Re: 2.1.22 unneeded global symbols

Keith Owens (
Tue, 28 Jan 1997 23:06:17 +1100

On Mon, 27 Jan 1997 21:33:48 +0000 (GMT), (Alan Cox) wrote:
>> \begin{C-Legalese}
>> If you pass the address of object to another compilation unit
>> (i.e. source file), this object does not need to be extern; it
>> can be static or allocated (but NOT automatic).
>> \end{C-legalese}
>Ah but the following isnt going to work
>static void flobble(int x)
> printf("Kersplat\n");
>extern void flobble(int);
>int main()
> register_kersplat_handler(flobble);

Nobody has suggested making *every* symbol static, only those symbols
which are currently external and are not referenced by name from other
sources. The above example is a valid case where flobble has to be
non-static and does not apply to the real problem.

What Thomas Koenig and I have been complaining about is the ~2,000
external symbols that are not declared as static but neither are they
referenced by name from other sources. The fact that they may be
passed by address to other routines is irrelevant, their name scope is
local no matter what their use scope.

My approach is simple - if there are no external references *by name*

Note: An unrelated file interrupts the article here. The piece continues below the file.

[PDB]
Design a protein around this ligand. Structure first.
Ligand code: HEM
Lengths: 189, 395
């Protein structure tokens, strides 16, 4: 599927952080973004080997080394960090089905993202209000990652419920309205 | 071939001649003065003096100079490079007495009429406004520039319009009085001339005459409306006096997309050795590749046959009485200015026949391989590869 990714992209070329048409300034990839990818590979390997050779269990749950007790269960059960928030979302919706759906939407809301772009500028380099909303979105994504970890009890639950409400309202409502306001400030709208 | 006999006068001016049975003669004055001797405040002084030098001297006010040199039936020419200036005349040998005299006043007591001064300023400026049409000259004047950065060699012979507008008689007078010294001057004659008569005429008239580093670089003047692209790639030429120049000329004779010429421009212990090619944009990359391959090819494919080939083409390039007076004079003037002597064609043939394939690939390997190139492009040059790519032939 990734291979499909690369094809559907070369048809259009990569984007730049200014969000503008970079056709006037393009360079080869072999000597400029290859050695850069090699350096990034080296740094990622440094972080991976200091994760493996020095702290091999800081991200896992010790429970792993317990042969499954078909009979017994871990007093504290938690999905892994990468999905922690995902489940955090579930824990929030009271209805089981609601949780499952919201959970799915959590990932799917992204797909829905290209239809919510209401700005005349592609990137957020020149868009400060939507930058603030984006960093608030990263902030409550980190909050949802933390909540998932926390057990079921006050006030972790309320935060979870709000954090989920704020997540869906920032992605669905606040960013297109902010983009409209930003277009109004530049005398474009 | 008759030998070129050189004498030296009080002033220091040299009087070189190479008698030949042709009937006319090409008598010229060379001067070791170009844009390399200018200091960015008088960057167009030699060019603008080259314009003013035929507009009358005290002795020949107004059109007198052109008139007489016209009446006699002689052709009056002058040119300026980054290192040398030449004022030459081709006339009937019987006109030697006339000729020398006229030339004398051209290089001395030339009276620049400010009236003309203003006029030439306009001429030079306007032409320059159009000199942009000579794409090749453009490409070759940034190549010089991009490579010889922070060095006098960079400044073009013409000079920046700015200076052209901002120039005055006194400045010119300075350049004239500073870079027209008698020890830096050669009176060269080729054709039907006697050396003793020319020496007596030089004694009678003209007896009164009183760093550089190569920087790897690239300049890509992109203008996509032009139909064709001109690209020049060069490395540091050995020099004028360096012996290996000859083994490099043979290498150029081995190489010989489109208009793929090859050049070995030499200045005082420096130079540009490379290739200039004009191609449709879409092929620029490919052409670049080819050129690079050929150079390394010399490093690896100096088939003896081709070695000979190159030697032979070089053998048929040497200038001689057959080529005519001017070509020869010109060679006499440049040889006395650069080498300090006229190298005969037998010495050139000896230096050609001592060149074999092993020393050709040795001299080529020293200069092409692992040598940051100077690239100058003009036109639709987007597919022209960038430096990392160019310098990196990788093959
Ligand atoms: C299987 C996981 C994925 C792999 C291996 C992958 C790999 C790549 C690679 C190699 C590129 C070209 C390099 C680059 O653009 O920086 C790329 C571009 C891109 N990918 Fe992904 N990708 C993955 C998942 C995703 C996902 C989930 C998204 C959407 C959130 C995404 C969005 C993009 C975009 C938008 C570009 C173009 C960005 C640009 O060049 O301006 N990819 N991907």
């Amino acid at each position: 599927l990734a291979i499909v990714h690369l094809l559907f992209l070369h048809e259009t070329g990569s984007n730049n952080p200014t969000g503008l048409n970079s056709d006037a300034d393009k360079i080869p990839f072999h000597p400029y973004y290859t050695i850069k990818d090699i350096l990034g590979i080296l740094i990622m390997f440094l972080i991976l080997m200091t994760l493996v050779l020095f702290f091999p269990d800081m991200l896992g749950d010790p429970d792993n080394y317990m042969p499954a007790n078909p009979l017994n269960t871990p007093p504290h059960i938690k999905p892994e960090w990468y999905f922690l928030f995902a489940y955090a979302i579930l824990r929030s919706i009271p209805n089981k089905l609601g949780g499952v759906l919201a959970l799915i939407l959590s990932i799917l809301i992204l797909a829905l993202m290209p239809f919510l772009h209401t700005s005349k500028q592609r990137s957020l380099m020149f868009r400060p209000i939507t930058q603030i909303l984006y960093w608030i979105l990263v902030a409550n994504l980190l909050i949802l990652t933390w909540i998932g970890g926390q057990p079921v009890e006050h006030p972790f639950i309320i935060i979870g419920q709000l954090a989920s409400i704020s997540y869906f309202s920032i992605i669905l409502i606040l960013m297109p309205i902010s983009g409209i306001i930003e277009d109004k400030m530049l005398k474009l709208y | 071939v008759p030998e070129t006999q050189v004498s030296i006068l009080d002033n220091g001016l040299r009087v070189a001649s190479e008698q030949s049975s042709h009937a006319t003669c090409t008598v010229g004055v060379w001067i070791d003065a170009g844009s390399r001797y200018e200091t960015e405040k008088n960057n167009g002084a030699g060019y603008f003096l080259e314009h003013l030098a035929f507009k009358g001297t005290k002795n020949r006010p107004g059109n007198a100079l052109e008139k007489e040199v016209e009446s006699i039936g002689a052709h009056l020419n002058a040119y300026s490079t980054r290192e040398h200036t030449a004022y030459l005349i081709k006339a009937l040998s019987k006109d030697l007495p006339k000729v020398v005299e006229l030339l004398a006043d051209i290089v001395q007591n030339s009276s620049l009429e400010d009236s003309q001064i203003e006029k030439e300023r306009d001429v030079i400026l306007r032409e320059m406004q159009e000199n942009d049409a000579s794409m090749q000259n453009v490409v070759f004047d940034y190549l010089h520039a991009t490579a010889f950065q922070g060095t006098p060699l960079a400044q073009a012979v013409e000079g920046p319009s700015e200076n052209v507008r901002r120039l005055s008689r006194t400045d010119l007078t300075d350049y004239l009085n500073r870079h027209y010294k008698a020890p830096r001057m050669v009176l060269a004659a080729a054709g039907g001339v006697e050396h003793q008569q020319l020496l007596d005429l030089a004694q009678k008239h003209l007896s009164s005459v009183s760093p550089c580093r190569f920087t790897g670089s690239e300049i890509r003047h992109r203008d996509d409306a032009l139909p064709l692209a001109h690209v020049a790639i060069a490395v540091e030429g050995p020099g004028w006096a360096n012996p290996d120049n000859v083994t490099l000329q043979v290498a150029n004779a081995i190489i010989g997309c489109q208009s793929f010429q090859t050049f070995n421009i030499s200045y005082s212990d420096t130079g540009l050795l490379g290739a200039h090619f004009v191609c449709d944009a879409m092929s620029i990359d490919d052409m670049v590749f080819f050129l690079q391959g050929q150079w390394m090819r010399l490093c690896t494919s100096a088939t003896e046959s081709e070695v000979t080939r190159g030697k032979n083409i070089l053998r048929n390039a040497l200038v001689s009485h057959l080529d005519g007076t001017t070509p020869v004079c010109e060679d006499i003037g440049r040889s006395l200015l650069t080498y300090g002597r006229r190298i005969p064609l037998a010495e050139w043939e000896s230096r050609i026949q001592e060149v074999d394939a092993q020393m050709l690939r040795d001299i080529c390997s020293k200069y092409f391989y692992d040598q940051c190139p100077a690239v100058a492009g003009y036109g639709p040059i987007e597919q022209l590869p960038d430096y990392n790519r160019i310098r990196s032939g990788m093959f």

to a non-automatic symbol then that symbol should be static. Restricts
usage checking to the local source, makes it easier to track down the
real usage of the symbol and lets gcc find unused non-automatic

As an example, see drivers/scsi/53c7,8xx.c. gcc flags one of the
procedures as unused, it can only do that because the procedure is
correctly defined as static. Comment out that procedure and another
couple of procedures become unused because they are static and their
only reference is from the first unused proc. Result - the removal of
code that is never used and a smaller driver.

We cannot do this with many sources because their procs and global
variables are not defined as static. However *if* they are never
referenced by name from other sources, why are they not defined as

My current report is